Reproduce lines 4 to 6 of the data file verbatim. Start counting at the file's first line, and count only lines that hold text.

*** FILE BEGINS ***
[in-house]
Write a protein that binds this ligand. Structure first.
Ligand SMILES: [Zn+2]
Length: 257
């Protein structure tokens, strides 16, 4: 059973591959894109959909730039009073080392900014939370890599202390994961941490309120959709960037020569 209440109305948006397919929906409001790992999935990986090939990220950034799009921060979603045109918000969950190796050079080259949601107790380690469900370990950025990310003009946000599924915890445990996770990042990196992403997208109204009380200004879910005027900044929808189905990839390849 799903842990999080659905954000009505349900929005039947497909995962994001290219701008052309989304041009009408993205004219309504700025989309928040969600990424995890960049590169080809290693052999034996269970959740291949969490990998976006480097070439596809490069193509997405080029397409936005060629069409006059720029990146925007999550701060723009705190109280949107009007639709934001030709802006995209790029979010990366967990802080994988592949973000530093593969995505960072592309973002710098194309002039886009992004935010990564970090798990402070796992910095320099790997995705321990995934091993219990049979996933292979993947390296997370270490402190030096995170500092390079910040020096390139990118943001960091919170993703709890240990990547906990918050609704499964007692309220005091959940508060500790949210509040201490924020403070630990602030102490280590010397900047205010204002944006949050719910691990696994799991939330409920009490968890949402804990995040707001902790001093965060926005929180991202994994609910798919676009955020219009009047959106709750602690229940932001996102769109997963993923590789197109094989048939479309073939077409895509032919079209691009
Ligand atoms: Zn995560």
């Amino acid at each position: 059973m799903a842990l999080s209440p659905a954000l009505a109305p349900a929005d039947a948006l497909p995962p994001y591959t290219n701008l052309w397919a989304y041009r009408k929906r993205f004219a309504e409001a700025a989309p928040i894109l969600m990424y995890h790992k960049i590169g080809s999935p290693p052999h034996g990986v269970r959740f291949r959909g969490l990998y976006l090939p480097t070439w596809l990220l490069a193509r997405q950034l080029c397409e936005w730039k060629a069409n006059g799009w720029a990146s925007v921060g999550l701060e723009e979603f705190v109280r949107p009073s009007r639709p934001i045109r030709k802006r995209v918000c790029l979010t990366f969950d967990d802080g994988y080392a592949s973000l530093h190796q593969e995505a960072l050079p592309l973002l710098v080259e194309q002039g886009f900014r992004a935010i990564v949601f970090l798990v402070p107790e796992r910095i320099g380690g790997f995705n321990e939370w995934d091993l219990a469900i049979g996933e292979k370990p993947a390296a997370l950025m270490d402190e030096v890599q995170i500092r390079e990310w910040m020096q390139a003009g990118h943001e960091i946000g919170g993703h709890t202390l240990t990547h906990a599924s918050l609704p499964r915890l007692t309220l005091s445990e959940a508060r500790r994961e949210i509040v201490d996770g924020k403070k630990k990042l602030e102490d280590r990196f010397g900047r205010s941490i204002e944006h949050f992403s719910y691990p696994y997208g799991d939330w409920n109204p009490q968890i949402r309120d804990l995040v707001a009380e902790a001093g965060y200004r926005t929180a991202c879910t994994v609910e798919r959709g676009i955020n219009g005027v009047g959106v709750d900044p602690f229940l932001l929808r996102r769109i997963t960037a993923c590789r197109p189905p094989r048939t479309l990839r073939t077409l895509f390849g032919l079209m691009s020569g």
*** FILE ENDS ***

Length: 257
């Protein structure tokens, strides 16, 4: 059973591959894109959909730039009073080392900014939370890599202390994961941490309120959709960037020569 209440109305948006397919929906409001790992999935990986090939990220950034799009921060979603045109918000969950190796050079080259949601107790380690469900370990950025990310003009946000599924915890445990996770990042990196992403997208109204009380200004879910005027900044929808189905990839390849 799903842990999080659905954000009505349900929005039947497909995962994001290219701008052309989304041009009408993205004219309504700025989309928040969600990424995890960049590169080809290693052999034996269970959740291949969490990998976006480097070439596809490069193509997405080029397409936005060629069409006059720029990146925007999550701060723009705190109280949107009007639709934001030709802006995209790029979010990366967990802080994988592949973000530093593969995505960072592309973002710098194309002039886009992004935010990564970090798990402070796992910095320099790997995705321990995934091993219990049979996933292979993947390296997370270490402190030096995170500092390079910040020096390139990118943001960091919170993703709890240990990547906990918050609704499964007692309220005091959940508060500790949210509040201490924020403070630990602030102490280590010397900047205010204002944006949050719910691990696994799991939330409920009490968890949402804990995040707001902790001093965060926005929180991202994994609910798919676009955020219009009047959106709750602690229940932001996102769109997963993923590789197109094989048939479309073939077409895509032919079209691009
Ligand atoms: Zn995560």